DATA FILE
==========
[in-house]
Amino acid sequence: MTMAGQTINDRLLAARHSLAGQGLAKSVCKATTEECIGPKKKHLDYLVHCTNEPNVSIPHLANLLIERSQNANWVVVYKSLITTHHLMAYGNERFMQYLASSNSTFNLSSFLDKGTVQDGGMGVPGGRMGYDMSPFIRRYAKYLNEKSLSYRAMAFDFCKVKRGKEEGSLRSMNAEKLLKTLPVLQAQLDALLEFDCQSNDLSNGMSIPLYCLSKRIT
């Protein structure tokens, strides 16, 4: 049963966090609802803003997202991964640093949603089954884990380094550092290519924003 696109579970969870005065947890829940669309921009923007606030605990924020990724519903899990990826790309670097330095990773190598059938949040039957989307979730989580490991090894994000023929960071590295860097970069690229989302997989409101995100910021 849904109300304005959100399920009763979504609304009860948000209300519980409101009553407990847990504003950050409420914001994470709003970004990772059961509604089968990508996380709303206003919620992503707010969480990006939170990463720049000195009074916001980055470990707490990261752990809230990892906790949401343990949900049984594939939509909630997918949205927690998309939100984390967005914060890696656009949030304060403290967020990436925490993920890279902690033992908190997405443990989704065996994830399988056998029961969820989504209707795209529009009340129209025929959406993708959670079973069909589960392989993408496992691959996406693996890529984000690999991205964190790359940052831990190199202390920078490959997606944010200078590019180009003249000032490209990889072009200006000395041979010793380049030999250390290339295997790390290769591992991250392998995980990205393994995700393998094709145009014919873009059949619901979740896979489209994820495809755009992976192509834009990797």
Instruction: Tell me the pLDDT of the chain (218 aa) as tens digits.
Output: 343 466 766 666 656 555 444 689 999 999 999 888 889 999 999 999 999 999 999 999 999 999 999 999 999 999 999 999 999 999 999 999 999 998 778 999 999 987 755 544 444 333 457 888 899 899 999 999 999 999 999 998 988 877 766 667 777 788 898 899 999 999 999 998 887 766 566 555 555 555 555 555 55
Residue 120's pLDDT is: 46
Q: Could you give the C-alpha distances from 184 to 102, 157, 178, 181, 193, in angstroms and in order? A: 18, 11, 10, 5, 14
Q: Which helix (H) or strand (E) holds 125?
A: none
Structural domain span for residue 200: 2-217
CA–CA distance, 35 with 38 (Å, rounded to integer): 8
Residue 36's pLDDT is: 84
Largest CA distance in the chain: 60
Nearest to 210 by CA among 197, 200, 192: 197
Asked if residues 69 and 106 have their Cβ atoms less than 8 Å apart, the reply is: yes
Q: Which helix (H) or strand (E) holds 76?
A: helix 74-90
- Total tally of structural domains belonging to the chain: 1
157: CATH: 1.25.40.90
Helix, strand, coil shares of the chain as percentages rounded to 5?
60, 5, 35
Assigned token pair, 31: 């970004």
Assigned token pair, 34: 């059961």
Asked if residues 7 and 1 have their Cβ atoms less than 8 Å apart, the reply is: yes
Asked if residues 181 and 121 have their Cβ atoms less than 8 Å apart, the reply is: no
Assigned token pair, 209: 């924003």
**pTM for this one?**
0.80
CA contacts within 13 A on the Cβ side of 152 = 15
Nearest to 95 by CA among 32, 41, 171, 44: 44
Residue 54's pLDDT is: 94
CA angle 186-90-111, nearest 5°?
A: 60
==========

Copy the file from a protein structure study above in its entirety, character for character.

[in-house]
Amino acid sequence: MTMAGQTINDRLLAARHSLAGQGLAKSVCKATTEECIGPKKKHLDYLVHCTNEPNVSIPHLANLLIERSQNANWVVVYKSLITTHHLMAYGNERFMQYLASSNSTFNLSSFLDKGTVQDGGMGVPGGRMGYDMSPFIRRYAKYLNEKSLSYRAMAFDFCKVKRGKEEGSLRSMNAEKLLKTLPVLQAQLDALLEFDCQSNDLSNGMSIPLYCLSKRIT
């Protein structure tokens, strides 16, 4: 049963966090609802803003997202991964640093949603089954884990380094550092290519924003 696109579970969870005065947890829940669309921009923007606030605990924020990724519903899990990826790309670097330095990773190598059938949040039957989307979730989580490991090894994000023929960071590295860097970069690229989302997989409101995100910021 849904109300304005959100399920009763979504609304009860948000209300519980409101009553407990847990504003950050409420914001994470709003970004990772059961509604089968990508996380709303206003919620992503707010969480990006939170990463720049000195009074916001980055470990707490990261752990809230990892906790949401343990949900049984594939939509909630997918949205927690998309939100984390967005914060890696656009949030304060403290967020990436925490993920890279902690033992908190997405443990989704065996994830399988056998029961969820989504209707795209529009009340129209025929959406993708959670079973069909589960392989993408496992691959996406693996890529984000690999991205964190790359940052831990190199202390920078490959997606944010200078590019180009003249000032490209990889072009200006000395041979010793380049030999250390290339295997790390290769591992991250392998995980990205393994995700393998094709145009014919873009059949619901979740896979489209994820495809755009992976192509834009990797």
Instruction: Tell me the pLDDT of the chain (218 aa) as tens digits.
Output: 343 466 766 666 656 555 444 689 999 999 999 888 889 999 999 999 999 999 999 999 999 999 999 999 999 999 999 999 999 999 999 999 999 998 778 999 999 987 755 544 444 333 457 888 899 899 999 999 999 999 999 998 988 877 766 667 777 788 898 899 999 999 999 998 887 766 566 555 555 555 555 555 55
Residue 120's pLDDT is: 46
Q: Could you give the C-alpha distances from 184 to 102, 157, 178, 181, 193, in angstroms and in order? A: 18, 11, 10, 5, 14
Q: Which helix (H) or strand (E) holds 125?
A: none
Structural domain span for residue 200: 2-217
CA–CA distance, 35 with 38 (Å, rounded to integer): 8
Residue 36's pLDDT is: 84
Largest CA distance in the chain: 60
Nearest to 210 by CA among 197, 200, 192: 197
Asked if residues 69 and 106 have their Cβ atoms less than 8 Å apart, the reply is: yes
Q: Which helix (H) or strand (E) holds 76?
A: helix 74-90
- Total tally of structural domains belonging to the chain: 1
157: CATH: 1.25.40.90
Helix, strand, coil shares of the chain as percentages rounded to 5?
60, 5, 35
Assigned token pair, 31: 């970004």
Assigned token pair, 34: 């059961």
Asked if residues 7 and 1 have their Cβ atoms less than 8 Å apart, the reply is: yes
Asked if residues 181 and 121 have their Cβ atoms less than 8 Å apart, the reply is: no
Assigned token pair, 209: 């924003």
**pTM for this one?**
0.80
CA contacts within 13 A on the Cβ side of 152 = 15
Nearest to 95 by CA among 32, 41, 171, 44: 44
Residue 54's pLDDT is: 94
CA angle 186-90-111, nearest 5°?
A: 60